Matthew, one of the students, got the former President doing a flashback to his own days as a secondary school student with the question: “What lessons can we draw from your childhood experiences?”
“The lesson you can draw from my childhood experiences is poverty matters,” Obasanjo declared, as the audience burst into prolonged laughter.
“Some people are born with silver spoon in their mouths,” he continued. “In Yoruba, some poor folks are called Atapatadide – that is those who grew up riding on a rocky beginning. My own experience is that I did not have even a rocky beginning to ride on, because if you have a rocky beginning, that is firm. I had a potopoto (marshy) beginning. That means that, in a marshy area when you are trying to get out, you are sinking in more into the mud. That was my beginning. But then, it stood me in good stead.
“I had to partly work to educate myself in school. I went to a mission secondary school, but the school normally didn’t give scholarship. So my school made me to wash plates, and then I got part of my school fees by washing plates after everybody had had their midday meal. That is why I said that the lesson that could be drawn from my own childhood is poverty matters.
“So you should understand that the opportunity that you have, others don’t have it; so you must take advantage of it, because if you do not take advantage of that opportunity, it may never come again.”
He encouraged the students to focus on their studies, informing them that questions would be asked of their performance at the Ijaw National Academy in future. He urged them to emulate Pere, a fellow Bayelsan who led his class at Lincoln University.
“So, what I want to emphasize here is that any opportunity you have in your childhood and as you grow up, make the most of it, because tomorrow it may serve you well. And if you don’t, tomorrow, it may also count against you,” he counselled.
In response to another question on good leadership and followership by Aby, a female student, the former President noted that God had given everybody a certain amount of innate abilities, noting that everyone must then develop their own ability.
“In a school like this, the opportunity that you have are tremendous – the opportunity to interact, to meet those who have tremendous innate ability and the ability to excel. One thing I count as very important is the fear of God, which is very important as a factor of leadership. If you are a leader that fears God, the chances are that you will succeed,” he said.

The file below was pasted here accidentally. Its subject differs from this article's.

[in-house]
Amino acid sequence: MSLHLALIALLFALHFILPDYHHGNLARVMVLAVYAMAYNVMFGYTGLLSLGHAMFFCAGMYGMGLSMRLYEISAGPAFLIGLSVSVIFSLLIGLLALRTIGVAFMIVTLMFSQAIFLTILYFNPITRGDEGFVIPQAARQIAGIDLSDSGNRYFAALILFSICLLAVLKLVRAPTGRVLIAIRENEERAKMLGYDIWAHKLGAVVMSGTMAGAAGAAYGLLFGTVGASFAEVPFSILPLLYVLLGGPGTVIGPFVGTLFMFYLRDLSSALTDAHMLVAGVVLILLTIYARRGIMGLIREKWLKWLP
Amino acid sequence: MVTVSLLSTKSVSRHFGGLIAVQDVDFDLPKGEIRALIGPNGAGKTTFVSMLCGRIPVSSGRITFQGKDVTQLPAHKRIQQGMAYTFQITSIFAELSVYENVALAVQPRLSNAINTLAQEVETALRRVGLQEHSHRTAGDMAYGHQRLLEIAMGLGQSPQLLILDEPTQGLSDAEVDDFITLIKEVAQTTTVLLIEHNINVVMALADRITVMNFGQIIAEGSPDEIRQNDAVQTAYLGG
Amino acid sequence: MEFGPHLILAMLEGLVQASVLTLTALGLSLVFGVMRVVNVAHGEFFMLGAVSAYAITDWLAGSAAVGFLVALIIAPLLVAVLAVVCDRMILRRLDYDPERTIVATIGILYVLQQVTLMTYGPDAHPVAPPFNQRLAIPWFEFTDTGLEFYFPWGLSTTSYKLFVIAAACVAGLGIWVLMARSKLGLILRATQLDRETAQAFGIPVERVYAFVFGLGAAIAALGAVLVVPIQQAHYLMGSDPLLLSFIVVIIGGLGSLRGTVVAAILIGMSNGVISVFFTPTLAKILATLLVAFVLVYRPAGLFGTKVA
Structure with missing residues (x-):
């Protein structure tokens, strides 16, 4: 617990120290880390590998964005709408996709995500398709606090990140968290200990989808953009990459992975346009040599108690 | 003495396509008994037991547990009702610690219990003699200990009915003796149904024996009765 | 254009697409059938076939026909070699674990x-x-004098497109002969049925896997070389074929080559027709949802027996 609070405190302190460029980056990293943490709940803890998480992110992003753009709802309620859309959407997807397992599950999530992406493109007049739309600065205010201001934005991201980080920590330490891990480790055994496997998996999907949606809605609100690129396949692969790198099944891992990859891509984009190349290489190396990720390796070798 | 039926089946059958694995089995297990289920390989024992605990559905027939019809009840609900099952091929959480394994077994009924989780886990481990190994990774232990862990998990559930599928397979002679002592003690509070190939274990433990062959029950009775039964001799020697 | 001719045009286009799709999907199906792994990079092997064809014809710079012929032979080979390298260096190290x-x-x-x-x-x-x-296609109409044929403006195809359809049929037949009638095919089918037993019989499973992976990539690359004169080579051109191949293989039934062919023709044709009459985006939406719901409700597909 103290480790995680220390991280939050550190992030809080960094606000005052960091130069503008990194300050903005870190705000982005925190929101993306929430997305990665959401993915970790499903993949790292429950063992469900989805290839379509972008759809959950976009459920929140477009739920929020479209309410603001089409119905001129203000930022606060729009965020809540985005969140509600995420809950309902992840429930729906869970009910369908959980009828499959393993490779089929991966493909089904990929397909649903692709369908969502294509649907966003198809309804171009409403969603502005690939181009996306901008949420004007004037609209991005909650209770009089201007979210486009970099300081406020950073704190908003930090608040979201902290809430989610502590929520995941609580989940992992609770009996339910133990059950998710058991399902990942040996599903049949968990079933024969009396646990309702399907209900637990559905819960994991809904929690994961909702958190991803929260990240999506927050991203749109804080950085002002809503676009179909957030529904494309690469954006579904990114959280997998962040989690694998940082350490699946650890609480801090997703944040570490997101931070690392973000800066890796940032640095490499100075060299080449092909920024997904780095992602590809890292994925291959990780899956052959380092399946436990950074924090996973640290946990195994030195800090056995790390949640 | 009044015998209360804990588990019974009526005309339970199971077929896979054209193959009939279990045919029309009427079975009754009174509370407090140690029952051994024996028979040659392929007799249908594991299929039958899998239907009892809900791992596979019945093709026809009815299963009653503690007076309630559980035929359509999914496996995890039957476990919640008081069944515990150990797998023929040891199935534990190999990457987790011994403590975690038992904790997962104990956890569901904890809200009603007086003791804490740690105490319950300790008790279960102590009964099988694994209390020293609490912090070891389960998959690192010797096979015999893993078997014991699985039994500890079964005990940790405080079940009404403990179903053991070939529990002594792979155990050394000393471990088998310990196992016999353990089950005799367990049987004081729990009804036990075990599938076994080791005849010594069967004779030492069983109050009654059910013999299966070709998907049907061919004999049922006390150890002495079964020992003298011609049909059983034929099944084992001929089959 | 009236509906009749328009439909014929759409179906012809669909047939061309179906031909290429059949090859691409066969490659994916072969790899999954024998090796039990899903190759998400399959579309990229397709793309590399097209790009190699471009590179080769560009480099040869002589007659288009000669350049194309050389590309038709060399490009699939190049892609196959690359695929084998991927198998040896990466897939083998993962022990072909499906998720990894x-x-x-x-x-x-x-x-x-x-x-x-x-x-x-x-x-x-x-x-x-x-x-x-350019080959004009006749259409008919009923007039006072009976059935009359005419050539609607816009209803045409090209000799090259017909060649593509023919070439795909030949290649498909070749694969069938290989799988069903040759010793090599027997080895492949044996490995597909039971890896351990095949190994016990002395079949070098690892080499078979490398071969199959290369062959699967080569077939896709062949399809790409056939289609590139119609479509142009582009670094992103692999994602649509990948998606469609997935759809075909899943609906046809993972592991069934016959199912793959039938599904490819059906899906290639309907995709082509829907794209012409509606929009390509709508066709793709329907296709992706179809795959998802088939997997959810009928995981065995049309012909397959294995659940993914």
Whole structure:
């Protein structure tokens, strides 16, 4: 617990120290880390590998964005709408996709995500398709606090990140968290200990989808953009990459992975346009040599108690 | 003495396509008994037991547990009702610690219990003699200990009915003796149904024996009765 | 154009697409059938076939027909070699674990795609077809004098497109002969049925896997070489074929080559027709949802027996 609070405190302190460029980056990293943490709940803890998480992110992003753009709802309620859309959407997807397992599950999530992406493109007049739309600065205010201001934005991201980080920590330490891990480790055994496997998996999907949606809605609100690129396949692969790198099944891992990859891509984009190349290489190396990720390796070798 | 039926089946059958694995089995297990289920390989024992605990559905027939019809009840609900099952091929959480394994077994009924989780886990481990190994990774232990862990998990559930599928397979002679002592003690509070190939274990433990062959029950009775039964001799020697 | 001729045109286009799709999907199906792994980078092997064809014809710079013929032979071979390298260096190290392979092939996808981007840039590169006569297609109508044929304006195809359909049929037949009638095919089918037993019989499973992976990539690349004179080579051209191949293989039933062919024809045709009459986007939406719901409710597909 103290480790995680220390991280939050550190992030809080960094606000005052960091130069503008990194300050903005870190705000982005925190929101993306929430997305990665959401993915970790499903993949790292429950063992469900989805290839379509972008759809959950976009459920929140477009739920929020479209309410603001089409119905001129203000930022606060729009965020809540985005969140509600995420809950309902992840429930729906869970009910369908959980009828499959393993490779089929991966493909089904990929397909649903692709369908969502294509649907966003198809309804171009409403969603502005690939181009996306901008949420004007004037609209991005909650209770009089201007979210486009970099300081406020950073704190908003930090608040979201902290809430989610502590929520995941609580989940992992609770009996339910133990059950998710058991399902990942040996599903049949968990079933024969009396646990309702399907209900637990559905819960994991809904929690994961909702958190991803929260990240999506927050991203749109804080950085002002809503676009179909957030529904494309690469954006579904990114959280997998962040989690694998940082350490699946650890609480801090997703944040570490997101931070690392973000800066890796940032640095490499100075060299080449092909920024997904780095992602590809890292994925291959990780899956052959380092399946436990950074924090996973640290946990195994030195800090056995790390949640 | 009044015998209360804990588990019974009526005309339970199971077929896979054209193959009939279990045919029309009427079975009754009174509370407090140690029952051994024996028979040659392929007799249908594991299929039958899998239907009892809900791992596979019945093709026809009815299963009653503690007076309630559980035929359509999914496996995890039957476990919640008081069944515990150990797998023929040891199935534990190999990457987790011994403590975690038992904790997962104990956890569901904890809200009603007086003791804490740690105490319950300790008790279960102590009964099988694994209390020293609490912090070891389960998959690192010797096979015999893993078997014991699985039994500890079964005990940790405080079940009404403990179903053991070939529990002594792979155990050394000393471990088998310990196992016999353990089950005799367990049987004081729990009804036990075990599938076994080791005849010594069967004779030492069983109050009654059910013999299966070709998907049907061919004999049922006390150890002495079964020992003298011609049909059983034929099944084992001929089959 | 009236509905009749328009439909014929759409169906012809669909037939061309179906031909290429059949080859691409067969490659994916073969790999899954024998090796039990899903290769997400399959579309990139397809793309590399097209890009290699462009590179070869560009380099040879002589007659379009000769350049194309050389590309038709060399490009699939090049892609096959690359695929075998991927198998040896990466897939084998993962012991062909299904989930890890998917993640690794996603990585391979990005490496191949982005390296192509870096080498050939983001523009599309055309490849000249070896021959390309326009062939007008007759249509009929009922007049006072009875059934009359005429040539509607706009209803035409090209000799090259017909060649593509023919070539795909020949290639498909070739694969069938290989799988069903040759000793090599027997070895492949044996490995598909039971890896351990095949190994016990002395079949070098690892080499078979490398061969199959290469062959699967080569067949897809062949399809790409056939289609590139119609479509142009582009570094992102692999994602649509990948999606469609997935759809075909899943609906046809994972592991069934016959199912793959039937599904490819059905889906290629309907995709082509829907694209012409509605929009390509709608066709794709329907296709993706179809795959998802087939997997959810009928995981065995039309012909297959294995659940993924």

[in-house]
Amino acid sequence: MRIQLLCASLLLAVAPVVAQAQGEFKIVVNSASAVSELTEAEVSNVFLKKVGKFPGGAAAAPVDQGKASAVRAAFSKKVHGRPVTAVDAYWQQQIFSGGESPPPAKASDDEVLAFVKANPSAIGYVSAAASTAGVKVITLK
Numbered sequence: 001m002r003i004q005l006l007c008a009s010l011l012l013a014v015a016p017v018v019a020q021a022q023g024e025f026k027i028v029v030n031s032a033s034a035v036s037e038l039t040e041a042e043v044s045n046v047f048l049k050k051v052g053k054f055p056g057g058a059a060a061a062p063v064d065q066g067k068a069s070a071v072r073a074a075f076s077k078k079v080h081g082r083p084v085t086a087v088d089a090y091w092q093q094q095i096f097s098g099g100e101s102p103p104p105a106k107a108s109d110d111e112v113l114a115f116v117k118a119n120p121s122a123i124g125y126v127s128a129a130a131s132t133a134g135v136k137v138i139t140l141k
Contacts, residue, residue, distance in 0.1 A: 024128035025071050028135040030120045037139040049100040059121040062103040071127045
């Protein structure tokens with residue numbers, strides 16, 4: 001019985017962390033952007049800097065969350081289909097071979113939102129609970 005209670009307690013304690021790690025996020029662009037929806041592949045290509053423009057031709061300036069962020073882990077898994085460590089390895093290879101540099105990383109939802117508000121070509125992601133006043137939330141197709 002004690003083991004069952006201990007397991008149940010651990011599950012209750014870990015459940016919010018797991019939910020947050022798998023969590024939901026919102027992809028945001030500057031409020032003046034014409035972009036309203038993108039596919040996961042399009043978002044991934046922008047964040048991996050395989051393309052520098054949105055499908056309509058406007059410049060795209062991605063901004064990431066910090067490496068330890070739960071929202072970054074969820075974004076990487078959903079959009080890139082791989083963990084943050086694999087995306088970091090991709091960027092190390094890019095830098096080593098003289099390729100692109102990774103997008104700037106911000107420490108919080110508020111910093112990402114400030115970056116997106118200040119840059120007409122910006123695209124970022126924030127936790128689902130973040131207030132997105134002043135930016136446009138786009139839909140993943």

He explained that, to succeed, a good leader must be knowledgeable, be a team worker, have faith in God and fear God.
The former President was also asked about things he would have loved to do but couldn’t achieve in office. He told the students that, with the resources available to him as President, he did everything he could have possibly done. He noted, however, that he could have done more if the resources were available.
Said the former President: “I did all that I believe was humanly possible for me to do when I wanted,” he replied. “Mind you, I did not say I was perfect. I will never say that because only God is perfect. And you should also bear in mind that the people you are working with are also not perfect. Some of them will deliberately make sure that you don’t see all things, and if that happens, whom do you blame? Whatever it is, what is important is that you must not have regrets. I did not have regrets when I was in government or in any leadership position that I have held. No regrets.”
Another student itemised some of the major challenges confronting the country, including recession, cultism, herdsmen killings, tribalism and others. He then pointedly asked Obasanjo: “Does Nigeria today have any hope for the future generation?”
The former President insisted that there was hope for the country, and the young students were part of the hope. In his words, if Nigeria had slipped into a hopeless state, he would probably be thinking of committing suicide.
“There are many things that we should have done that we have not done as we should have done them, but that does not mean that Nigeria has no hope. Hope is what drives any human being. If you are a person without hope, you are a person without life. How can I therefore say that Nigeria has no hope?”